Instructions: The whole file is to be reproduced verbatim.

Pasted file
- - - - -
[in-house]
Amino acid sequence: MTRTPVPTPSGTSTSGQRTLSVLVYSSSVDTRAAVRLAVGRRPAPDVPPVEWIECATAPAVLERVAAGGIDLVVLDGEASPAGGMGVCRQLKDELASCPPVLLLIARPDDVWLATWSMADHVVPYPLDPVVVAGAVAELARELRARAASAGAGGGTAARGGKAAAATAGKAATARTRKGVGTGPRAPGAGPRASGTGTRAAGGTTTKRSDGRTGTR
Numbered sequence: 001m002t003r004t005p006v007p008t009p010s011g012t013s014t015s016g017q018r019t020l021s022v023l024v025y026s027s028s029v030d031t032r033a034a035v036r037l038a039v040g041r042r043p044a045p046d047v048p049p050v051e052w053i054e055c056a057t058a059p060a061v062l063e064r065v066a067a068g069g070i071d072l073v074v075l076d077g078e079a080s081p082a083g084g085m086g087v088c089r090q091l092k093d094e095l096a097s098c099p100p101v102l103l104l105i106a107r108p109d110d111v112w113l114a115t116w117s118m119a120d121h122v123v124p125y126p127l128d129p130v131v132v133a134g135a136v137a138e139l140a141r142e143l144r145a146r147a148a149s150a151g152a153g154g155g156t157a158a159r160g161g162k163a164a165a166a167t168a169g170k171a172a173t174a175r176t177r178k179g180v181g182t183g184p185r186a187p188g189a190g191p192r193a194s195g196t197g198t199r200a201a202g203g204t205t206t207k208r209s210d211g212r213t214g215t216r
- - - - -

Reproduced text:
[in-house]
Amino acid sequence: MTRTPVPTPSGTSTSGQRTLSVLVYSSSVDTRAAVRLAVGRRPAPDVPPVEWIECATAPAVLERVAAGGIDLVVLDGEASPAGGMGVCRQLKDELASCPPVLLLIARPDDVWLATWSMADHVVPYPLDPVVVAGAVAELARELRARAASAGAGGGTAARGGKAAAATAGKAATARTRKGVGTGPRAPGAGPRASGTGTRAAGGTTTKRSDGRTGTR
Numbered sequence: 001m002t003r004t005p006v007p008t009p010s011g012t013s014t015s016g017q018r019t020l021s022v023l024v025y026s027s028s029v030d031t032r033a034a035v036r037l038a039v040g041r042r043p044a045p046d047v048p049p050v051e052w053i054e055c056a057t058a059p060a061v062l063e064r065v066a067a068g069g070i071d072l073v074v075l076d077g078e079a080s081p082a083g084g085m086g087v088c089r090q091l092k093d094e095l096a097s098c099p100p101v102l103l104l105i106a107r108p109d110d111v112w113l114a115t116w117s118m119a120d121h122v123v124p125y126p127l128d129p130v131v132v133a134g135a136v137a138e139l140a141r142e143l144r145a146r147a148a149s150a151g152a153g154g155g156t157a158a159r160g161g162k163a164a165a166a167t168a169g170k171a172a173t174a175r176t177r178k179g180v181g182t183g184p185r186a187p188g189a190g191p192r193a194s195g196t197g198t199r200a201a202g203g204t205t206t207k208r209s210d211g212r213t214g215t216r